Eni and Toyota: an agreement on hydrogen to reduce emissions

Hydrogen is an energy vector that offers many opportunities in the short-to-medium term for reducing emissions from transport. Vehicles run on fuel cells combine hydrogen and oxygen to produce electricity, guaranteeing charging and driving times similar to those in traditional vehicles run on internal combustion. As part of its work in sustainable hydrogen transport, in 2019 Eni signed two partnership agreements with Toyota, which will make fuel cell cars available for hydrogen transport testing. The agreements also provide for the construction by Eni of two new service stations, which will supply hydrogen at 700 bar, one in the San Donato Milanese area and the other in the metropolitan city of Venice. Eni has also signed an agreement with the council of the metropolitan city of Venice for the development of an integrated and experimental hydrogen platform. Engineering research is being carried out at Eni’s refinery near Venice into a high-temperature gasification plant for producing hydrogen from Plasmix (non-recyclable plastic waste) and secondary solid fuel (SSF).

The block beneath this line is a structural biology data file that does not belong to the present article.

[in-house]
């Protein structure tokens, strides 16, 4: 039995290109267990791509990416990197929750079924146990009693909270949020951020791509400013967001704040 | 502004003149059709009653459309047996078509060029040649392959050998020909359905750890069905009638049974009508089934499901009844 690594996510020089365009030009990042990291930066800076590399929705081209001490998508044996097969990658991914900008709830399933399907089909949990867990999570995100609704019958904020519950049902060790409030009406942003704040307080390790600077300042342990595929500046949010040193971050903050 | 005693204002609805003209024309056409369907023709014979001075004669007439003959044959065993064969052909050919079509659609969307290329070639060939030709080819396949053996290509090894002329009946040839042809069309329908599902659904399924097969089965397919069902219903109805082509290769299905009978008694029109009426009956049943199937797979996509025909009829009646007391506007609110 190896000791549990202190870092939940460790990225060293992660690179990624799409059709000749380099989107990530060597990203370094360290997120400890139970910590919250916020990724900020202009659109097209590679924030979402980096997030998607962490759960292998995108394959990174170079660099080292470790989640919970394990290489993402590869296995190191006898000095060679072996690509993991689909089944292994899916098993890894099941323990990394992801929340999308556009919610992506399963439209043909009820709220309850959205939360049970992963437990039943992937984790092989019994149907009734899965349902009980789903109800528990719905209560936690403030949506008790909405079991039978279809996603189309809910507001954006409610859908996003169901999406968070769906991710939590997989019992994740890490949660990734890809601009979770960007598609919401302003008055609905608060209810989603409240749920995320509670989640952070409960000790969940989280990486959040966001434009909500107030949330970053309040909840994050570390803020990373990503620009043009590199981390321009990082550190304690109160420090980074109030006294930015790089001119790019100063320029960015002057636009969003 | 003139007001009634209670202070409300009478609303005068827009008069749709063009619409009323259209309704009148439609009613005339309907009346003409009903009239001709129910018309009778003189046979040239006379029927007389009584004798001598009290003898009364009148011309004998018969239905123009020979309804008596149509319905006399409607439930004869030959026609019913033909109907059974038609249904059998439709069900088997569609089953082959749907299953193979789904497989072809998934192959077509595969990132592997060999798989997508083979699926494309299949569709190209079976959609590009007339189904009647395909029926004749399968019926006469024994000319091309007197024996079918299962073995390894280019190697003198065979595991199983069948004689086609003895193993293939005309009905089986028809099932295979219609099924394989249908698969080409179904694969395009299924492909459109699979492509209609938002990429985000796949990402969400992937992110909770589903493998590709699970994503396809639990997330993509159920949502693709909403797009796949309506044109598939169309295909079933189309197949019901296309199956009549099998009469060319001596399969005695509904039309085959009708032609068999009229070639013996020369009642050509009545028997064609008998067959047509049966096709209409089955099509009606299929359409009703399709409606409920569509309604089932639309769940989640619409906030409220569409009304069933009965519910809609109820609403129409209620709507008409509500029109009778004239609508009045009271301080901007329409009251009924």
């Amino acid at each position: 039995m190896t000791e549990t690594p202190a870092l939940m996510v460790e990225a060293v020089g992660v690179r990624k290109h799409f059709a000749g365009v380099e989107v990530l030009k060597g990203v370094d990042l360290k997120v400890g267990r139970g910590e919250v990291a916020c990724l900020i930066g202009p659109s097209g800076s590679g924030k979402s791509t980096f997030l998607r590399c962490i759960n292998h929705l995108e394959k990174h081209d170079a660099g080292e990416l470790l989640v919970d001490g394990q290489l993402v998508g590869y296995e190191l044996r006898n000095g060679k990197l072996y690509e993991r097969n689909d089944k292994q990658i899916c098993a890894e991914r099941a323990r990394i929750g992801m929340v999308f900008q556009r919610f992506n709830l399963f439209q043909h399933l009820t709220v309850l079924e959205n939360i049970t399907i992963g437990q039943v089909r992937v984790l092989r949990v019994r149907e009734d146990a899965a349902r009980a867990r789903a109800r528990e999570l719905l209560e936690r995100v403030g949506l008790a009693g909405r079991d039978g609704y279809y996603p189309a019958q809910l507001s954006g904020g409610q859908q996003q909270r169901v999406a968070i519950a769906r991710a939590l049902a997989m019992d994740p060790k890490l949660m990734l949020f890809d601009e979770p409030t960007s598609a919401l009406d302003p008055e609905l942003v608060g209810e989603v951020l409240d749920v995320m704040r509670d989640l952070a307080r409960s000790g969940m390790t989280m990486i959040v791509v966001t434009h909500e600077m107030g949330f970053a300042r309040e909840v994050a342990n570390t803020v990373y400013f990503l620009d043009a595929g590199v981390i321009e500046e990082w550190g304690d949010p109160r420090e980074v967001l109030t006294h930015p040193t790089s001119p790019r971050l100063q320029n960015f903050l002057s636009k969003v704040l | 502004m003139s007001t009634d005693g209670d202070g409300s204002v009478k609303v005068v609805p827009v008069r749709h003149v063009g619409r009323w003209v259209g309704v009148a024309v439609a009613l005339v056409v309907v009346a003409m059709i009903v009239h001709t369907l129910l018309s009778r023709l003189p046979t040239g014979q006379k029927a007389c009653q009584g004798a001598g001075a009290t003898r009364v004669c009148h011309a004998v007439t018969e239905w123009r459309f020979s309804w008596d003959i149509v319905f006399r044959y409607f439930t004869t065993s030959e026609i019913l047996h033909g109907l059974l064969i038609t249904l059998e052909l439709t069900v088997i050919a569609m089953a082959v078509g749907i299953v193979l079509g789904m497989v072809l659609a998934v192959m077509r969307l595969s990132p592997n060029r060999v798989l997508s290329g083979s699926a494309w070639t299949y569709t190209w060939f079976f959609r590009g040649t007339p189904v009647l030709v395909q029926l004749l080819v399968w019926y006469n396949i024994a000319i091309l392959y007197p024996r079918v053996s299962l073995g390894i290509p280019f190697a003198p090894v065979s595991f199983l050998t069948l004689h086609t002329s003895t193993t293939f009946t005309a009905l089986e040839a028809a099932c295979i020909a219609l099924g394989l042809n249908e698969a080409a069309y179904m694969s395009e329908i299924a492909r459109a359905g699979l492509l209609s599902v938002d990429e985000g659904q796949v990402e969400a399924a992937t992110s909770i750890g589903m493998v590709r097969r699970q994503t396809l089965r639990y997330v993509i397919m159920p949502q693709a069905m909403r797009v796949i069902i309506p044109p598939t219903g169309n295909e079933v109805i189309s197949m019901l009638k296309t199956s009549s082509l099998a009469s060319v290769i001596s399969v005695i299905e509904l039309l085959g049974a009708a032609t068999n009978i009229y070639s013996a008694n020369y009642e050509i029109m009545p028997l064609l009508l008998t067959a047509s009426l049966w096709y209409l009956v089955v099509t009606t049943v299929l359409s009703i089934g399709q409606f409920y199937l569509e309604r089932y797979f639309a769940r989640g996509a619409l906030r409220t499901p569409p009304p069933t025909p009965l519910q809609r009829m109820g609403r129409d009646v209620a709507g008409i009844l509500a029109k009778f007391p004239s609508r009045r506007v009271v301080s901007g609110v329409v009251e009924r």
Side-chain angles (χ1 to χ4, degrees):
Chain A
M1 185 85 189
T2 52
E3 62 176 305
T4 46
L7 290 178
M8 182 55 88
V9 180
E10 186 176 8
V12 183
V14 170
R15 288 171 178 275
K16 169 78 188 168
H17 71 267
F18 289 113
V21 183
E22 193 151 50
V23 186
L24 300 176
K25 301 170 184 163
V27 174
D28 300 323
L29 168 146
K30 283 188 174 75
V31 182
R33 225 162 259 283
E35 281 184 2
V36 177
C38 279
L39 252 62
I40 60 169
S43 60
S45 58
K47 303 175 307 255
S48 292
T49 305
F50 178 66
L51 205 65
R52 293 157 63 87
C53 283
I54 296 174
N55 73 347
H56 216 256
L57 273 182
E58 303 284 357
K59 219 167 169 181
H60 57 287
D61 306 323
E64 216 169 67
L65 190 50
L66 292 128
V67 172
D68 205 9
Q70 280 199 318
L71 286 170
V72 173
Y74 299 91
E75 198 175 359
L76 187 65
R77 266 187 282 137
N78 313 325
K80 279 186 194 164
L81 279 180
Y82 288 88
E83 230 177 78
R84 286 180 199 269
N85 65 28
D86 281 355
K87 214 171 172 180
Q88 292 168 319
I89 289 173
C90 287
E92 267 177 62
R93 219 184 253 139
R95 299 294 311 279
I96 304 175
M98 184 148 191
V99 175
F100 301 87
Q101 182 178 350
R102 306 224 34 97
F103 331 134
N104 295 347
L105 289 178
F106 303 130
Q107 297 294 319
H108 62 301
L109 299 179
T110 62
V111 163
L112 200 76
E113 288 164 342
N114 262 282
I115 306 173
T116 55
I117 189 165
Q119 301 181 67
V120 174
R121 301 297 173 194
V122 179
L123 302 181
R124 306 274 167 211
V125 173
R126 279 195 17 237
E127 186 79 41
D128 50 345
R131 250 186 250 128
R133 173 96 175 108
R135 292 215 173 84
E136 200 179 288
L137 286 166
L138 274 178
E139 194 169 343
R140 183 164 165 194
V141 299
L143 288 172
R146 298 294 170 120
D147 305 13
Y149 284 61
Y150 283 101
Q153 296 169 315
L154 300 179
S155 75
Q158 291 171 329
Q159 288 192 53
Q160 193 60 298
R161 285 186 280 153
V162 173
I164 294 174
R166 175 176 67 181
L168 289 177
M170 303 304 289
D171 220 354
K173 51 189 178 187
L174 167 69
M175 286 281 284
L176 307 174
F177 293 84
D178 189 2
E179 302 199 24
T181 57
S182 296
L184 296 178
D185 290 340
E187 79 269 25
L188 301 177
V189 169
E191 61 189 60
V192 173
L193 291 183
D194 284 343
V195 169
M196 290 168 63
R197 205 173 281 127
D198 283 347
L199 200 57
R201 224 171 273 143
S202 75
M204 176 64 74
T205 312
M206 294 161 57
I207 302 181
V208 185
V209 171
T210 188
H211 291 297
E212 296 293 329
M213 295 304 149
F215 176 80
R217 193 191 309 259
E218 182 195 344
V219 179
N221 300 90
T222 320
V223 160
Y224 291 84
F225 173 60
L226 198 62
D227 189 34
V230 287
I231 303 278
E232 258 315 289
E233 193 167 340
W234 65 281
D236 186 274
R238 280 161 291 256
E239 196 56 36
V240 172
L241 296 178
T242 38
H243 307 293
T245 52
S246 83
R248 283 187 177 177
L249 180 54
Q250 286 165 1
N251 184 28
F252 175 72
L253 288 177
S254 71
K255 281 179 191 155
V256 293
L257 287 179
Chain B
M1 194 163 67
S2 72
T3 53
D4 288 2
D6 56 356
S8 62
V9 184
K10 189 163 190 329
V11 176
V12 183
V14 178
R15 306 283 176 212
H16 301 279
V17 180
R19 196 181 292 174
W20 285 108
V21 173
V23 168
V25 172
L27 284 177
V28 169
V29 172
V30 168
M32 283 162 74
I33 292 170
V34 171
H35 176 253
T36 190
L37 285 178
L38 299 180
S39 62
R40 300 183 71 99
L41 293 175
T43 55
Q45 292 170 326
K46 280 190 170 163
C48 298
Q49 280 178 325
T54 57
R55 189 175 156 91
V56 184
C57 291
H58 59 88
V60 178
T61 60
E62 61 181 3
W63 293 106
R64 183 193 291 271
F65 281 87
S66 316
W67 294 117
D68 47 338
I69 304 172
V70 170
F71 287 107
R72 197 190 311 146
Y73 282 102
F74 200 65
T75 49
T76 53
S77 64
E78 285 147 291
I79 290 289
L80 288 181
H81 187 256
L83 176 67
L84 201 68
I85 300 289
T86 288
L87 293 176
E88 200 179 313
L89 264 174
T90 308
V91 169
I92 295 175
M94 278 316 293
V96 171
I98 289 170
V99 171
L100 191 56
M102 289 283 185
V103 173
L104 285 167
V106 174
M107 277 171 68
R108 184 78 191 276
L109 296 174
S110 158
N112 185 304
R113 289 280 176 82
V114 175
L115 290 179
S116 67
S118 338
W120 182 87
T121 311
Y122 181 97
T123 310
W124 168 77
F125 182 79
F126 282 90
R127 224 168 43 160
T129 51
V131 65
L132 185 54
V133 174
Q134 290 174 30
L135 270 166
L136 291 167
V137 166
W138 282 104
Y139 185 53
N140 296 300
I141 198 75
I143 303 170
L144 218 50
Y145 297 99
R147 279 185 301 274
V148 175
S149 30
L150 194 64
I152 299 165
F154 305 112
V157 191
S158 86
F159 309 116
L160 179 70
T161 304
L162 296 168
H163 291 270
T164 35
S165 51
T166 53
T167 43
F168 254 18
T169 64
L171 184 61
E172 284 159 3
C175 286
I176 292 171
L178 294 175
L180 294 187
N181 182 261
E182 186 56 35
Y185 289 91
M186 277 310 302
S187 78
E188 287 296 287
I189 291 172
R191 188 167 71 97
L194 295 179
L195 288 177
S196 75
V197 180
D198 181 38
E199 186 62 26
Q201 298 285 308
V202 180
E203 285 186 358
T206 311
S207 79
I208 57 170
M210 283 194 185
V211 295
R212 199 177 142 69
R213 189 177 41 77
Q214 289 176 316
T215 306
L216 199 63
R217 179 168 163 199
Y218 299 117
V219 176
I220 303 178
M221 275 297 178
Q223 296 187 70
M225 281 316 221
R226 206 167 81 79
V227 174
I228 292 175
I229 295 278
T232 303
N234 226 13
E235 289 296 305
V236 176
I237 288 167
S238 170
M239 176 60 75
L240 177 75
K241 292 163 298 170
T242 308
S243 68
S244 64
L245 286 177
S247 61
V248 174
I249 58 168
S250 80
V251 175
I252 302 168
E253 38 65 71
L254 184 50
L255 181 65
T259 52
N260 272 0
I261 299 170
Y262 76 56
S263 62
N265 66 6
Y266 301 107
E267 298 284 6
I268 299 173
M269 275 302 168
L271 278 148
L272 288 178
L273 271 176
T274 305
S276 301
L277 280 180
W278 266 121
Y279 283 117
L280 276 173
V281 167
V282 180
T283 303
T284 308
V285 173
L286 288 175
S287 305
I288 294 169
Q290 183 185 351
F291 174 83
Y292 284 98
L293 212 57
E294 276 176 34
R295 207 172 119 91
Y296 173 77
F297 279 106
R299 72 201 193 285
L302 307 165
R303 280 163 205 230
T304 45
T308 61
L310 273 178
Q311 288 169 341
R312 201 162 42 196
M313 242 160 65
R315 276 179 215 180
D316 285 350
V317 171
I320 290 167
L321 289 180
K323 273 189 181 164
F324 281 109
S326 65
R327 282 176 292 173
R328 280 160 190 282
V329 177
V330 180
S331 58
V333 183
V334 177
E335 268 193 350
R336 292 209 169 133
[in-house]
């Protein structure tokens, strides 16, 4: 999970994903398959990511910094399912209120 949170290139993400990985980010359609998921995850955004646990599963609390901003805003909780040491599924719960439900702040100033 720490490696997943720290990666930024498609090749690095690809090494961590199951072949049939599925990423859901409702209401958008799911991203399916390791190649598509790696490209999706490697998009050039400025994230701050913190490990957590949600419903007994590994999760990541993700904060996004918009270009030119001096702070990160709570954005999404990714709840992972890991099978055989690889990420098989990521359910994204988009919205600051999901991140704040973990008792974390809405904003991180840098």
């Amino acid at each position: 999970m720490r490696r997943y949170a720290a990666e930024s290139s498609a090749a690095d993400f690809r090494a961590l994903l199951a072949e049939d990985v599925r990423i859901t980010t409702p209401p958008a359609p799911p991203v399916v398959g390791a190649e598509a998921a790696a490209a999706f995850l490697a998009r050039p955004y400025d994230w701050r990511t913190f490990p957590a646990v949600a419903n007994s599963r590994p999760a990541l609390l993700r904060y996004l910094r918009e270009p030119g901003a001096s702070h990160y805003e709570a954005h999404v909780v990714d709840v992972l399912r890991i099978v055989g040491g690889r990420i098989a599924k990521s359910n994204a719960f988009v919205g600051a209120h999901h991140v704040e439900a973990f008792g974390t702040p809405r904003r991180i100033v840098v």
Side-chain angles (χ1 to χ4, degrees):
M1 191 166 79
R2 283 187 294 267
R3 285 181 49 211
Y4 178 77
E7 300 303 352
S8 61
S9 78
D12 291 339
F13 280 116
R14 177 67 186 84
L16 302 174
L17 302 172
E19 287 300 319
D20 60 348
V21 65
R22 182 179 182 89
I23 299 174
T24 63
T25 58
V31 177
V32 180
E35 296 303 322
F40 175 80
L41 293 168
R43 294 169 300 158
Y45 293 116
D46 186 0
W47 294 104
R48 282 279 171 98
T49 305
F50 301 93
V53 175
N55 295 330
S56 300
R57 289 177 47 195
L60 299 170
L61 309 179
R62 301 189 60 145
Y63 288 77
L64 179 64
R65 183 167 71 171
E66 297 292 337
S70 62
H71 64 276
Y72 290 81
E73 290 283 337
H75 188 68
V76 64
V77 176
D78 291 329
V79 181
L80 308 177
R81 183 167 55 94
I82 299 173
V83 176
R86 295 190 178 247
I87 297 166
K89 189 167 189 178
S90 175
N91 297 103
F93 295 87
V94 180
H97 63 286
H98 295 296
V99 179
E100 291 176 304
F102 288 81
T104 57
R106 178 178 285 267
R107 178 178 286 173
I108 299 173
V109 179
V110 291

Eni employees and initiatives for sustainable mobility

Eni has come up with a plan for sustainable transport for its employees, which includes a series of actions aimed at reducing emissions from home-work travel, such as: • Encouraging car sharing. • Local public transport passes for employees with advantageous deals. • A company shuttle bus doing about 350 trips a day between Eni’s offices in Rome, Milan, Novara, Ravenna and Vibo Valentia and the nearest public transport hubs. Eni also encourages other ways of contributing indirectly to sustainable mobility, like new forms of work, such as working from home and using videoconferencing systems to reduce travel.